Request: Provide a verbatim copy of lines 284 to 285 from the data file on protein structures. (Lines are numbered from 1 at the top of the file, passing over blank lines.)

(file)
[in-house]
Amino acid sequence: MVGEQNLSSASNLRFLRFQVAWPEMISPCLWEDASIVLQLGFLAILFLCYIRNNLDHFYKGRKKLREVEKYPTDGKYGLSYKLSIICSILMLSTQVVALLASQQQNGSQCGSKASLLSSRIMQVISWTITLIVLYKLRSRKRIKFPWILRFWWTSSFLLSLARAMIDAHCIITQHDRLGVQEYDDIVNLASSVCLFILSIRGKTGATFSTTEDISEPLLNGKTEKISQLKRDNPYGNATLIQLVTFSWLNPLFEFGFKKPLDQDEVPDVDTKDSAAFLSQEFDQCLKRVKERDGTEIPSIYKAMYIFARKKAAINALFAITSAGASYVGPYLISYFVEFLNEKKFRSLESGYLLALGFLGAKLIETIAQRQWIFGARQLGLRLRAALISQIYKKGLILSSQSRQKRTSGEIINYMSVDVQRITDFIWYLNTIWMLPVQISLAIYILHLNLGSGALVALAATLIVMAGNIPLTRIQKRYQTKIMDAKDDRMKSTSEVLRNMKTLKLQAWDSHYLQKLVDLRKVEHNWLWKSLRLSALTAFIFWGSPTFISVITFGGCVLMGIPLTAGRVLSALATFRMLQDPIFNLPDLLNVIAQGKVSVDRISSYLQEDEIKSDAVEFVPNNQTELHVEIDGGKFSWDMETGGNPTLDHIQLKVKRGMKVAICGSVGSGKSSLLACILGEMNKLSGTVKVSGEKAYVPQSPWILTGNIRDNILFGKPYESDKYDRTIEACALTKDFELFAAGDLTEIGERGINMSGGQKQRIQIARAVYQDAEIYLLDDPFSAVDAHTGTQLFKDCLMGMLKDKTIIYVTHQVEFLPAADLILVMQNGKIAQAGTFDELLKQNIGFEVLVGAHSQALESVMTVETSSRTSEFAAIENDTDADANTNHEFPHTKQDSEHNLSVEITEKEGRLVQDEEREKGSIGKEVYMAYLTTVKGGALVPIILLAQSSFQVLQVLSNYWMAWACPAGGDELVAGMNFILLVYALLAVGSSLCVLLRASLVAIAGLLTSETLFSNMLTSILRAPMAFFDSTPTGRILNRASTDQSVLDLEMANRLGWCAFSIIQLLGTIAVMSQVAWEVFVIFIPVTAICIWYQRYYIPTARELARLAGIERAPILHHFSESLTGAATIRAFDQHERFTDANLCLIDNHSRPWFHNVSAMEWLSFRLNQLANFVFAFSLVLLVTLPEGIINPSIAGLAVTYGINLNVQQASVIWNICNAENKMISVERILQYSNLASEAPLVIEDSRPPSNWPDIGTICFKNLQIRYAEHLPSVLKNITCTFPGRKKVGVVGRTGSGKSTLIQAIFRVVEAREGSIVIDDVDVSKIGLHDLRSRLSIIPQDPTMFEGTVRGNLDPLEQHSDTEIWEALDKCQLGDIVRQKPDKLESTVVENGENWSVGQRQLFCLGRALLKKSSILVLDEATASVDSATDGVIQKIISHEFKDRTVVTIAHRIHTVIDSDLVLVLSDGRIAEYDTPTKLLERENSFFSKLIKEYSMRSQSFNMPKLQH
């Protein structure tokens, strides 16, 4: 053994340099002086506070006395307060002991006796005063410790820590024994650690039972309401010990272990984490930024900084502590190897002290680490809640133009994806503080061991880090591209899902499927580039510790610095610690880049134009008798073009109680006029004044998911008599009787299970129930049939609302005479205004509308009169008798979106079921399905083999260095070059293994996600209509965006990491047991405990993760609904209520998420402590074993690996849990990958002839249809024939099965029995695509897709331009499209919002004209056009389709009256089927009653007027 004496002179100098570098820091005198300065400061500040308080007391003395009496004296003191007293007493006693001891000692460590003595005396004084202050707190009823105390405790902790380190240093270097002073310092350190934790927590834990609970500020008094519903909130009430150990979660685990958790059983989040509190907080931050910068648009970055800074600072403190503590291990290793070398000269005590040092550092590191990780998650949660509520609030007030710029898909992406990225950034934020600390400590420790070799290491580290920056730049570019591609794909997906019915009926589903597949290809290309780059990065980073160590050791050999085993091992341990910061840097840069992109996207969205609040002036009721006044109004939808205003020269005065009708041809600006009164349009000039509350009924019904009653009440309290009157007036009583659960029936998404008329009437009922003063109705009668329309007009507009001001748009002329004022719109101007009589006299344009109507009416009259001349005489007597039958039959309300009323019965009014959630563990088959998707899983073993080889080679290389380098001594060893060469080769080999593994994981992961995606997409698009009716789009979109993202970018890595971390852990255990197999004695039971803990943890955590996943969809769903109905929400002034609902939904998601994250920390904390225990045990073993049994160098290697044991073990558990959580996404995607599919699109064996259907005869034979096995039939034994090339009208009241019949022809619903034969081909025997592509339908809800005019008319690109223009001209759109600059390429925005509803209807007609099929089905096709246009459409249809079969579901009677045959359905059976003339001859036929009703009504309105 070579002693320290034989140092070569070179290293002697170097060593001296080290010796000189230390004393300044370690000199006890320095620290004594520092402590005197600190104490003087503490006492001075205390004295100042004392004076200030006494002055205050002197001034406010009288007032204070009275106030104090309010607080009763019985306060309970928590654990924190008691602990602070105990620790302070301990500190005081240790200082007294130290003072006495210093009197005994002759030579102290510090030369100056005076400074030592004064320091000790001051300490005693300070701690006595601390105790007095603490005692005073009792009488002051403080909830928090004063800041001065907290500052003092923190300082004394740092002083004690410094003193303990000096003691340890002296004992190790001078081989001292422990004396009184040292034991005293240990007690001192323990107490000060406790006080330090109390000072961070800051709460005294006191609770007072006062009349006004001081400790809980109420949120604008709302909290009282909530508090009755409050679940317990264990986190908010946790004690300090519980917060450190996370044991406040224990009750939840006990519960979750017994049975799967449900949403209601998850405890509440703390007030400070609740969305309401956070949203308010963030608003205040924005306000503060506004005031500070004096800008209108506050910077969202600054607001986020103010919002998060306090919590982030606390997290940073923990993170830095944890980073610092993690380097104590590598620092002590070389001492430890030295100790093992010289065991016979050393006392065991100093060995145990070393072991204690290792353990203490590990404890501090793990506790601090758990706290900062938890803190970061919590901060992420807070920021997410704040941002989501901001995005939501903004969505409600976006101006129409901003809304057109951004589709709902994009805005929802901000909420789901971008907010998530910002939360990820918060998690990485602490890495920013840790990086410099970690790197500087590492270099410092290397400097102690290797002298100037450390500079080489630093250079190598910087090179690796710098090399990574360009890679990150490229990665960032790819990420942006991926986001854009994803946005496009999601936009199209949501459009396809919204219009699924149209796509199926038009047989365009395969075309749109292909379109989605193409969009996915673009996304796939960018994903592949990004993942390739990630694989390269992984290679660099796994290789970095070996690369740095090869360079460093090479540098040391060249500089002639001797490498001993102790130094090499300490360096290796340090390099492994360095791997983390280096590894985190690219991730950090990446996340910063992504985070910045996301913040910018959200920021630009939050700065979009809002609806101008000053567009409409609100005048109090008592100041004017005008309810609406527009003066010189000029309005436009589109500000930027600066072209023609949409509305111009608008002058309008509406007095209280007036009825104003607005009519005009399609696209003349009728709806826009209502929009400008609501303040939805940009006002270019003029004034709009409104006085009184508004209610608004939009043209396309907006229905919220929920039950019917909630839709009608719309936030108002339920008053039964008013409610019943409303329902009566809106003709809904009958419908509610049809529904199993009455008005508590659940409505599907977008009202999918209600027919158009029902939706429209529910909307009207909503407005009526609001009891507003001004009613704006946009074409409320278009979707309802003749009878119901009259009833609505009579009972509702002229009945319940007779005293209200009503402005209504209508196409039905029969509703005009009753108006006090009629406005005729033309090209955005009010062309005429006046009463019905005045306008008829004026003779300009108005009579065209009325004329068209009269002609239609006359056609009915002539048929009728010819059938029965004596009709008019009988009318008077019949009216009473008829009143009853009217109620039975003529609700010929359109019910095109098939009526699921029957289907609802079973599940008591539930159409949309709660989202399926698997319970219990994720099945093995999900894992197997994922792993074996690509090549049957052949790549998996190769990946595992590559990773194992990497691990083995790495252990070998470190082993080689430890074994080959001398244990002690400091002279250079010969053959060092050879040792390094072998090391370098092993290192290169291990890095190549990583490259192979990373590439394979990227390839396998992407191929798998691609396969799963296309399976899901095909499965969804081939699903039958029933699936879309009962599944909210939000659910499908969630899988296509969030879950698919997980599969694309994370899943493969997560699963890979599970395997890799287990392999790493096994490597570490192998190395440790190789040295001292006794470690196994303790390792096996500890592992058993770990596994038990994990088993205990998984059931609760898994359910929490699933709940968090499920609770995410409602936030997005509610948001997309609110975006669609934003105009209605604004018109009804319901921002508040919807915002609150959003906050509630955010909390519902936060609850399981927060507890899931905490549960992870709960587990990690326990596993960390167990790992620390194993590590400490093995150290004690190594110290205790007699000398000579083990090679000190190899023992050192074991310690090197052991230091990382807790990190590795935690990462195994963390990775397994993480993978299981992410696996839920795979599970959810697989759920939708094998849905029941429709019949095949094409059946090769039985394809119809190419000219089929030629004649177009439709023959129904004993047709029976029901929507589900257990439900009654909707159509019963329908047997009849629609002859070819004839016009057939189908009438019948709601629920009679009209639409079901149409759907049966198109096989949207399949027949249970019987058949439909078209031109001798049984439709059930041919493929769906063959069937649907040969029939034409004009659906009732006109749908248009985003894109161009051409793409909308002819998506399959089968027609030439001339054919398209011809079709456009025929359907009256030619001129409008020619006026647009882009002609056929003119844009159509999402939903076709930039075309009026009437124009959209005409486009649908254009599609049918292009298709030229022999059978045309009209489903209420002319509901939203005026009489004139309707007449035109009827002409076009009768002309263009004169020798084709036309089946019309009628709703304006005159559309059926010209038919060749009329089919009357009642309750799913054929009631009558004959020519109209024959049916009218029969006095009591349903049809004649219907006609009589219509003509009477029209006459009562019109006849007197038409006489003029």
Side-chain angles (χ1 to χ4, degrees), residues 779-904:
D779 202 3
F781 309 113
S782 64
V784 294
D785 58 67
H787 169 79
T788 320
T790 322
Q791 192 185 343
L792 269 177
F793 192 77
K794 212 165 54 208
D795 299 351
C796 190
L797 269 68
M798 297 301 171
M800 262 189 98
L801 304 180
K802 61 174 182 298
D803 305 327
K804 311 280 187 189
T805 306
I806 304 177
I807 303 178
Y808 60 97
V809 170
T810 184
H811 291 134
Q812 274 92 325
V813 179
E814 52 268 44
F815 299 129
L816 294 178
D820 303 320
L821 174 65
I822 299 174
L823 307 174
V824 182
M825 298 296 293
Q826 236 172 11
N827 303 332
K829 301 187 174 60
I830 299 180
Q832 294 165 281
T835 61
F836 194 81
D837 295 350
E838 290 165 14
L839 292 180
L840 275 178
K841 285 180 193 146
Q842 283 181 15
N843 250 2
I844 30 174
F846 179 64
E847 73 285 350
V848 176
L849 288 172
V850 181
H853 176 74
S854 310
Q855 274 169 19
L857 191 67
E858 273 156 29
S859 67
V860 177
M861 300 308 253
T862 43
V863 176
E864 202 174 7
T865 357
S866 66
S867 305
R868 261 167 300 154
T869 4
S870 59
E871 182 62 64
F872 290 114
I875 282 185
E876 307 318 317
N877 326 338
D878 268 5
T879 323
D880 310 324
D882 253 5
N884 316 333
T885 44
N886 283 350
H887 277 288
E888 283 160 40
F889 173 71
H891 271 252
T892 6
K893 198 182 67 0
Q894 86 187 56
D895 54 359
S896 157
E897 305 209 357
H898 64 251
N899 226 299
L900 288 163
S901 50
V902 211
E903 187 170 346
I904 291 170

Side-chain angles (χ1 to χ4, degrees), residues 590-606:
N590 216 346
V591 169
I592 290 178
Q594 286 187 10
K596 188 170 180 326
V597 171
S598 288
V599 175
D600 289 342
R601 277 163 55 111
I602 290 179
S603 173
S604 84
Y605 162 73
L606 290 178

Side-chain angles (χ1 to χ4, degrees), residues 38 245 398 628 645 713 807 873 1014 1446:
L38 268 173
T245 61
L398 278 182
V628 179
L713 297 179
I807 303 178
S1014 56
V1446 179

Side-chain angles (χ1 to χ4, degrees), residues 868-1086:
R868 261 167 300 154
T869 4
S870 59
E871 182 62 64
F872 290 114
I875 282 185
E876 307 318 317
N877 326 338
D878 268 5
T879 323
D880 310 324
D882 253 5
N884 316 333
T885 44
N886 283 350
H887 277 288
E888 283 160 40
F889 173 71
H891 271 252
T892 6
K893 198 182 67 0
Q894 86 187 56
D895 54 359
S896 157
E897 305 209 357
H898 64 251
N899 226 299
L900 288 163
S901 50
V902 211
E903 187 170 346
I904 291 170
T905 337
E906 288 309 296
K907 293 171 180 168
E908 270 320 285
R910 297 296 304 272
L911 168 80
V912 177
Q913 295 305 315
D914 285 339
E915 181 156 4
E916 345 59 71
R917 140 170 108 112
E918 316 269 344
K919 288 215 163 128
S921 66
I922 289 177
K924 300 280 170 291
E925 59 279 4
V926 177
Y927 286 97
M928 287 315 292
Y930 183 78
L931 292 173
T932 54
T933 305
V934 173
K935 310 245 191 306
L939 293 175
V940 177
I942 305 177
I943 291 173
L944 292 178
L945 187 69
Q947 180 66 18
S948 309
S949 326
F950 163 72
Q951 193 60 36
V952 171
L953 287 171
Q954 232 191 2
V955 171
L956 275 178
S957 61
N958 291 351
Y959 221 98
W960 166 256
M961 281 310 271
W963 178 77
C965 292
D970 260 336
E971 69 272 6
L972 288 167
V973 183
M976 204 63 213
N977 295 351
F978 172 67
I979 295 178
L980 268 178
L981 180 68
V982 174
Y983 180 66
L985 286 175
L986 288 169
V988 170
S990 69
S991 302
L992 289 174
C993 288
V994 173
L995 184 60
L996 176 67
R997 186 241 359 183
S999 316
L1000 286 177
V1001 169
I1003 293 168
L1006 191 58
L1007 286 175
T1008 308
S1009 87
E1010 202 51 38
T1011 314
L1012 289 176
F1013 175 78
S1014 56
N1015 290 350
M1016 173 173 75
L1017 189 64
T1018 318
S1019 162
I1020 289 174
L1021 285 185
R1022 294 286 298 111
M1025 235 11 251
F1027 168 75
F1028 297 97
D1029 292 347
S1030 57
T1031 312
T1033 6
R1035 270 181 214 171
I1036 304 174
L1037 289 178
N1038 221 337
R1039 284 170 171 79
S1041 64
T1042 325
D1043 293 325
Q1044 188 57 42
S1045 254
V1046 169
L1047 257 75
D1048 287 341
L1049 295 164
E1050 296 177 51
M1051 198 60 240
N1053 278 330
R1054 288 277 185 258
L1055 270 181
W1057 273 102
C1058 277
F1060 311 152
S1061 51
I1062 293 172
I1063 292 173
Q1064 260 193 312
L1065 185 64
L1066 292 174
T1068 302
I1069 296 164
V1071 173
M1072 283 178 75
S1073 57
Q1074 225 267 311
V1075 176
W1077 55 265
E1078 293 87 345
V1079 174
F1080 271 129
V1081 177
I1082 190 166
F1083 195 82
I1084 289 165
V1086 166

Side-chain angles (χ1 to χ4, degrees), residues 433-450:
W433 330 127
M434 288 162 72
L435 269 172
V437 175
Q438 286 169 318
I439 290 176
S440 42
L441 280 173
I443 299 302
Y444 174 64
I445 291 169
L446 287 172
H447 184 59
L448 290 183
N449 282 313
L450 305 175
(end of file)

M1051 198 60 240
N1053 278 330